The last part of the tour (or could be the first part depending on season) is to climb the big atlatl rock which in windy conditions isn’t for the faint hearted although the petroglyphs at the top are well worth the vertigo inducing stairs.
The group on the trip were a bit subdued, partially due to the early start, partially due to some just having arrived in Vegas from the far east the day before and because of the off season tour group quirkiness. To fill a van it really was a real mix of travelers with the result there was little or no common language, people from singapore, korea, japan, russia, me and a couple of americans. So a lot of pointing, grunting and smiling. Oh and snoring.
Its well worth a trip out to the Valley of Fire but perhaps the afternoon trip in the warmer months might be a better option. Although saying that I wouldn’t want to be there in the heat of summer as the quirky air conditioned trucks would come in to their own. The pink jeep tour guide was very good and Id thoroughly recommend them.
If I thought the start for the Valley of Fire trip was early, the Grand Canyon trip seemed like it was taking place the night before! Picked up in darkness I was better prepared this time with a cold ready made coffee bought and a couple of donuts laid on as well.
The last time I took this trip, there were four of us and we hired the helicopter ourselves. We took off from McCarron airport and flew over the Hoover Dam all the way to the Grand Canyon floor. Flight restrictions and costs now mean an hour bus ride out to Boulder Airport followed by a flight in a twin otter aircraft out to Grand Canyon West airport.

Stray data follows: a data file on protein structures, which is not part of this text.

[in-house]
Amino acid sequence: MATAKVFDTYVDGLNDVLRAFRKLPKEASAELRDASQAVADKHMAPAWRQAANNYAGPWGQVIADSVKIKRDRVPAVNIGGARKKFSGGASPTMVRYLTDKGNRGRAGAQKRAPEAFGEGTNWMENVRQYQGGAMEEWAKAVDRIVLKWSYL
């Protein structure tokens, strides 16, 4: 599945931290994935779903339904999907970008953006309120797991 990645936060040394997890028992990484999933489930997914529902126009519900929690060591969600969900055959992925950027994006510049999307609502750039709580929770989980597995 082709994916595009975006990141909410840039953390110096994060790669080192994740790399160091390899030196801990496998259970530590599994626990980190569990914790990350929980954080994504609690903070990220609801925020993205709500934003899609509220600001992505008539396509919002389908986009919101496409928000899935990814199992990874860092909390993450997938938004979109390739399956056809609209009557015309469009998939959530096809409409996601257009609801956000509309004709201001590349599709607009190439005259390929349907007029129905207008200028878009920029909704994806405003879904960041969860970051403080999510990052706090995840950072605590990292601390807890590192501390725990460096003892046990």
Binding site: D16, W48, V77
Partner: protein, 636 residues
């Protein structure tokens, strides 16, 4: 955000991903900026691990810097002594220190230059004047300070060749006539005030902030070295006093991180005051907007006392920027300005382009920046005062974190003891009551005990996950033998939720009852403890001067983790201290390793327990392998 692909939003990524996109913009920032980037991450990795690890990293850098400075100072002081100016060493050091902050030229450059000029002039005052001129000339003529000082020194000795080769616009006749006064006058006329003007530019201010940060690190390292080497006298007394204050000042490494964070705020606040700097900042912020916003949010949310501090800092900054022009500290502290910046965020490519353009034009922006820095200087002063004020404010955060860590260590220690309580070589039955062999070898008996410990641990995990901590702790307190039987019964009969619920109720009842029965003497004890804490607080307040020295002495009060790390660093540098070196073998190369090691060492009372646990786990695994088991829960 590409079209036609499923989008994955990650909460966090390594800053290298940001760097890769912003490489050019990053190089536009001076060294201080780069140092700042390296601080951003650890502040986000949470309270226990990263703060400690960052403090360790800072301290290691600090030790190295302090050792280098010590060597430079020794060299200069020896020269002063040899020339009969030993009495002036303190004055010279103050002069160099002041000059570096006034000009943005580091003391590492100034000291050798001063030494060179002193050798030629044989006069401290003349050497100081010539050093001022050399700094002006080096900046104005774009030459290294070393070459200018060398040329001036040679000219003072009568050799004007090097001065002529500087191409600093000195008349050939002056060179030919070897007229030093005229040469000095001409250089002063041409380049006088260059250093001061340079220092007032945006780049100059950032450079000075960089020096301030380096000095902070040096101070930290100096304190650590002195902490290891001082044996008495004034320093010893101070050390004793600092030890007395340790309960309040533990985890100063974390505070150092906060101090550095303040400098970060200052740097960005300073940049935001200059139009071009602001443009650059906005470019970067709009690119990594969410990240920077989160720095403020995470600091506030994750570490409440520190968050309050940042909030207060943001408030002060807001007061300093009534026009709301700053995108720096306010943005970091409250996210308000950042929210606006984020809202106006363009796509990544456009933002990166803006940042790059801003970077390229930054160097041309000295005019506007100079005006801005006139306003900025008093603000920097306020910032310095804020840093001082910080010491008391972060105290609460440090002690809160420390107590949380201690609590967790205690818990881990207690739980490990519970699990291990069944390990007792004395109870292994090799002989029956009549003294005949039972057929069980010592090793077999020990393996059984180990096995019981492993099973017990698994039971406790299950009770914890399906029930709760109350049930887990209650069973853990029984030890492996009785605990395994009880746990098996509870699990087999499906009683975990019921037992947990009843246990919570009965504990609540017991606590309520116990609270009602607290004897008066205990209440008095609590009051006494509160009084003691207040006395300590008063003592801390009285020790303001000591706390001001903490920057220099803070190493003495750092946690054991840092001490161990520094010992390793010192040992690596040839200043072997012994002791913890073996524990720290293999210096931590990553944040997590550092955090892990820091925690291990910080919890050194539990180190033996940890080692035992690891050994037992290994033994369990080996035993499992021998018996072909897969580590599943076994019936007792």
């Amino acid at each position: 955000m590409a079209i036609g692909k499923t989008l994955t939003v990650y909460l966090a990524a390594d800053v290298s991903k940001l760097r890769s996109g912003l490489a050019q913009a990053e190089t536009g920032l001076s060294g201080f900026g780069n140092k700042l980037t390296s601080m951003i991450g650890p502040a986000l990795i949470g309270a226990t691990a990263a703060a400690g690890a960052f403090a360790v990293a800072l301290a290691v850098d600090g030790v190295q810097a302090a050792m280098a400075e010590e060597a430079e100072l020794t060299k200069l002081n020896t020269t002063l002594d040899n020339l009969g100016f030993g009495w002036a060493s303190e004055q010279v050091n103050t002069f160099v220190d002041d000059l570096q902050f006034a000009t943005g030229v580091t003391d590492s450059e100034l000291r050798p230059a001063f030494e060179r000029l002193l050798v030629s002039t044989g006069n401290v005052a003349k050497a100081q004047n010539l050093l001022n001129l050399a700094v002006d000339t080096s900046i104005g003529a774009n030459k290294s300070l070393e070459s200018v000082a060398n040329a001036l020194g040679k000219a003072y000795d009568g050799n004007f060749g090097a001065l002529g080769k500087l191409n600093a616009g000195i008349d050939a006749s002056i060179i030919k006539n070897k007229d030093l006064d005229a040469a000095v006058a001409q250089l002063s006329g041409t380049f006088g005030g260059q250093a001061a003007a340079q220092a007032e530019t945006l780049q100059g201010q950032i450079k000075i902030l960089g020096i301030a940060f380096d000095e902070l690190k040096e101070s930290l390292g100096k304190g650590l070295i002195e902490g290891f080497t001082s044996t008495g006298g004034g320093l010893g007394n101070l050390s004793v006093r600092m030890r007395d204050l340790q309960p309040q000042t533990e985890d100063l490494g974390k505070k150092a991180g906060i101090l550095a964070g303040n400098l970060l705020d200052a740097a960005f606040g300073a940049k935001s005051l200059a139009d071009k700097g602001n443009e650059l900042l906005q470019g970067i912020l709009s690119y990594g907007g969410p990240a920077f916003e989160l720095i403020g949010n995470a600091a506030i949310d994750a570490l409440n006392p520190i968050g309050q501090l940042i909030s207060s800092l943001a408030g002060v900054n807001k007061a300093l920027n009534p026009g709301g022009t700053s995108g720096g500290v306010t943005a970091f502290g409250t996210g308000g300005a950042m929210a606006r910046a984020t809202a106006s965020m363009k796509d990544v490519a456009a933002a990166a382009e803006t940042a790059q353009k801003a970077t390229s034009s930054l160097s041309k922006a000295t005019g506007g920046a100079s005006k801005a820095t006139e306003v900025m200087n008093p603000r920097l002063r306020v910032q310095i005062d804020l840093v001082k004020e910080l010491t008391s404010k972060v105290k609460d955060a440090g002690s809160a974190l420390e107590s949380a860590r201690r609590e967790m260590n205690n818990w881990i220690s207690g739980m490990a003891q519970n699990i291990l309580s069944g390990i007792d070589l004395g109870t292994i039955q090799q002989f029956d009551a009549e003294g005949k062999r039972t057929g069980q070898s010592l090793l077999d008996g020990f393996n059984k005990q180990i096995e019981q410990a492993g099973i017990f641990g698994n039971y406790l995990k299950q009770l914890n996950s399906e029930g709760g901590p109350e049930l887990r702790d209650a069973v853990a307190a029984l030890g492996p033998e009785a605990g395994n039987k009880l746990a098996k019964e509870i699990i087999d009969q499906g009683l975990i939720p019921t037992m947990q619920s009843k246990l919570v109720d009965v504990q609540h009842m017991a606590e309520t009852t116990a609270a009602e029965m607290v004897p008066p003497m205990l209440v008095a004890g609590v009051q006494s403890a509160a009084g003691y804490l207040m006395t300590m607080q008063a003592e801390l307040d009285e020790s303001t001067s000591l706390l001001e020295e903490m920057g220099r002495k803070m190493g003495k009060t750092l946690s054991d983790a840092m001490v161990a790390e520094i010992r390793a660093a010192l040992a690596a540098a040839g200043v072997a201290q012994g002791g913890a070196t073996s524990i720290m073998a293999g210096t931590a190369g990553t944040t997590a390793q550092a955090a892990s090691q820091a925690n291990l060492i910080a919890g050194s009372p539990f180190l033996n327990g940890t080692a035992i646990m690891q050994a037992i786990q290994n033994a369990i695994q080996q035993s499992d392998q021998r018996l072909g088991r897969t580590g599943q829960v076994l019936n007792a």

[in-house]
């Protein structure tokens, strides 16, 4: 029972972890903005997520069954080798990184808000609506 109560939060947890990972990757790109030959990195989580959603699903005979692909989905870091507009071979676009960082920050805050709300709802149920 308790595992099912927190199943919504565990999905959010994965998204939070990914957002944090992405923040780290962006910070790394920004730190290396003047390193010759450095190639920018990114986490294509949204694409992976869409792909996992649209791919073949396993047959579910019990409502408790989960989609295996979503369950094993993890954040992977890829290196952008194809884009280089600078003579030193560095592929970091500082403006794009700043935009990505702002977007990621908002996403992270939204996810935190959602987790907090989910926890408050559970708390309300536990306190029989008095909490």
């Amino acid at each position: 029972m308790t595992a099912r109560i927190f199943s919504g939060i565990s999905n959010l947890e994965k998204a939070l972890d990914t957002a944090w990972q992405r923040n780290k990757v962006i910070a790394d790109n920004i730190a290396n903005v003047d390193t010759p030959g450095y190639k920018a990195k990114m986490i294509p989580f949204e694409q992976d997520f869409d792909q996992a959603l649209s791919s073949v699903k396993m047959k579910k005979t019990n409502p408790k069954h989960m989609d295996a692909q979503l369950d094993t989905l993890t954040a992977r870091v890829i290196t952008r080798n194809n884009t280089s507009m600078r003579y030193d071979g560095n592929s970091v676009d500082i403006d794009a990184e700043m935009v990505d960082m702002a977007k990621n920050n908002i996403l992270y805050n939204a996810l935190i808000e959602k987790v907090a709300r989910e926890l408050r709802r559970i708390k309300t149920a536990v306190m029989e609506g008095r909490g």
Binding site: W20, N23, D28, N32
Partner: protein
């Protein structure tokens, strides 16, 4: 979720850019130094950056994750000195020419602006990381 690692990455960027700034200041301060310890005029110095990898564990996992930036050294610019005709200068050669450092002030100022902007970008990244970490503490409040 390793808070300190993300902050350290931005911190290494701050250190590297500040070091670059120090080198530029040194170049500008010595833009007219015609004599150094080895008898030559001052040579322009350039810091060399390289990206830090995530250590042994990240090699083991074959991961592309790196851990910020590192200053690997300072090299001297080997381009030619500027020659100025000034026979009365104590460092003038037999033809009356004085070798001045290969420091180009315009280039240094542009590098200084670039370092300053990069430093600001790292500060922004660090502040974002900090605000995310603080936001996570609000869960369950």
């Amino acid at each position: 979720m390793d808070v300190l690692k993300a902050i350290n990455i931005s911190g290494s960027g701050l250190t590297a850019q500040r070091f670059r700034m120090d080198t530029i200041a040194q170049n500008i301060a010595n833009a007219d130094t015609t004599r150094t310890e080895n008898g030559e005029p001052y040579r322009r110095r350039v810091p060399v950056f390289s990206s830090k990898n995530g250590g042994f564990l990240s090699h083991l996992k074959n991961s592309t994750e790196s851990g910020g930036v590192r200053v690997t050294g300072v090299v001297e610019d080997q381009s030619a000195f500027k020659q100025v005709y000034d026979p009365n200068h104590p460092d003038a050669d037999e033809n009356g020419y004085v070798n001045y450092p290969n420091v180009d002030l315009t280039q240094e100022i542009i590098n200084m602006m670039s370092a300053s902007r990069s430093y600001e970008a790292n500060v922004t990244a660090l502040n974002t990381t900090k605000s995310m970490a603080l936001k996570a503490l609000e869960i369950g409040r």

I shared this trip with a High School Basketball team from Australia, I really shouldn’t have mentioned that they missed Magic Johnston signing shirts at a store in Vegas the day before. Come to think of it I also missed it!
We touched down at the airport and went through and checked in for our helicopter flight down to the canyon floor. The first time I was at the Grand Canyon it was by car and at the start of April, we drove to the rim car park just as the sun was setting and I jumped out camera in hand…. …and promptly slipped on the ice and went on my arse! The one thing you don’t realise is how high you are up and the airport is at about 5000 feet so its bloody cold up there.
Id done this ride before but still get exciting every time I go near a helicopter and this time was no exception. The sun was starting to rise and the air was heating up and the heliport felt like the set of some war movie with the constant arrival and taking off of helicopters. We’ve seen it all before in movies where they stop, load up, take off, drop down somewhere, offload and then fly off and this was exactly like that. Well ok the wee voice in my head says that but head down walking away from the landing site as your chopper takes off, another one comes in behind it and another one lands on the pad above you really is something to see.
So sorry, yes I am a big child and no the whole apocalypse now carry on and ride of the valkyries in my head doesn’t get old!
The next part of the trip was new to me and it was a short boat ride along the colorado river itself and whilst bitterly cold, going along as the sun came round the canyon walls really is something to see. This section of the trip was quite free flowing with no delays or waiting lines and particularly at this cold temperature (now wearing warm clothes) was good to see.
The Australians were almost going into hibernation, so good job they weren’t going back to where I was in a couple of days. So pack warm clothing for the Grand Canyon if not going during the summer months! Our chariots were waiting for us on our return then it was back up into the sky and zooming across the desert back to the heliport then straight into busses to take us to the lunch stop.